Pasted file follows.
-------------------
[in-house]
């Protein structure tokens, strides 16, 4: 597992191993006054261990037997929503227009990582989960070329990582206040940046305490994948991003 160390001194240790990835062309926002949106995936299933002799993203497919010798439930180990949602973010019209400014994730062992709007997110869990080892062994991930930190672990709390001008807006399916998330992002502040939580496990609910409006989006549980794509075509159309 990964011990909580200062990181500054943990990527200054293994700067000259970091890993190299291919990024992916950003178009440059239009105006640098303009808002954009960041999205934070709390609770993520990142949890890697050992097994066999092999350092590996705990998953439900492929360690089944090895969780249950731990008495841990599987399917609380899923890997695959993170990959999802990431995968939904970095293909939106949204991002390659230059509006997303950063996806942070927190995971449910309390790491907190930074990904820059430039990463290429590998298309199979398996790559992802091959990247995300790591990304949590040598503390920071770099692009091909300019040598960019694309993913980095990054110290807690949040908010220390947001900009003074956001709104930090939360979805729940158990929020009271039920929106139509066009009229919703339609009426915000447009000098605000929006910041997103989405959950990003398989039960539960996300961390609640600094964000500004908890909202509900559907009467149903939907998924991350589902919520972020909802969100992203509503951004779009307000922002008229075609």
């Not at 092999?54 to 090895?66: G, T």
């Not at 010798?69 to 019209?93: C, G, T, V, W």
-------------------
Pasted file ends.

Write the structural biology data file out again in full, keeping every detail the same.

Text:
[in-house]
């Protein structure tokens, strides 16, 4: 597992191993006054261990037997929503227009990582989960070329990582206040940046305490994948991003 160390001194240790990835062309926002949106995936299933002799993203497919010798439930180990949602973010019209400014994730062992709007997110869990080892062994991930930190672990709390001008807006399916998330992002502040939580496990609910409006989006549980794509075509159309 990964011990909580200062990181500054943990990527200054293994700067000259970091890993190299291919990024992916950003178009440059239009105006640098303009808002954009960041999205934070709390609770993520990142949890890697050992097994066999092999350092590996705990998953439900492929360690089944090895969780249950731990008495841990599987399917609380899923890997695959993170990959999802990431995968939904970095293909939106949204991002390659230059509006997303950063996806942070927190995971449910309390790491907190930074990904820059430039990463290429590998298309199979398996790559992802091959990247995300790591990304949590040598503390920071770099692009091909300019040598960019694309993913980095990054110290807690949040908010220390947001900009003074956001709104930090939360979805729940158990929020009271039920929106139509066009009229919703339609009426915000447009000098605000929006910041997103989405959950990003398989039960539960996300961390609640600094964000500004908890909202509900559907009467149903939907998924991350589902919520972020909802969100992203509503951004779009307000922002008229075609």
């Not at 092999?54 to 090895?66: G, T």
């Not at 010798?69 to 019209?93: C, G, T, V, W």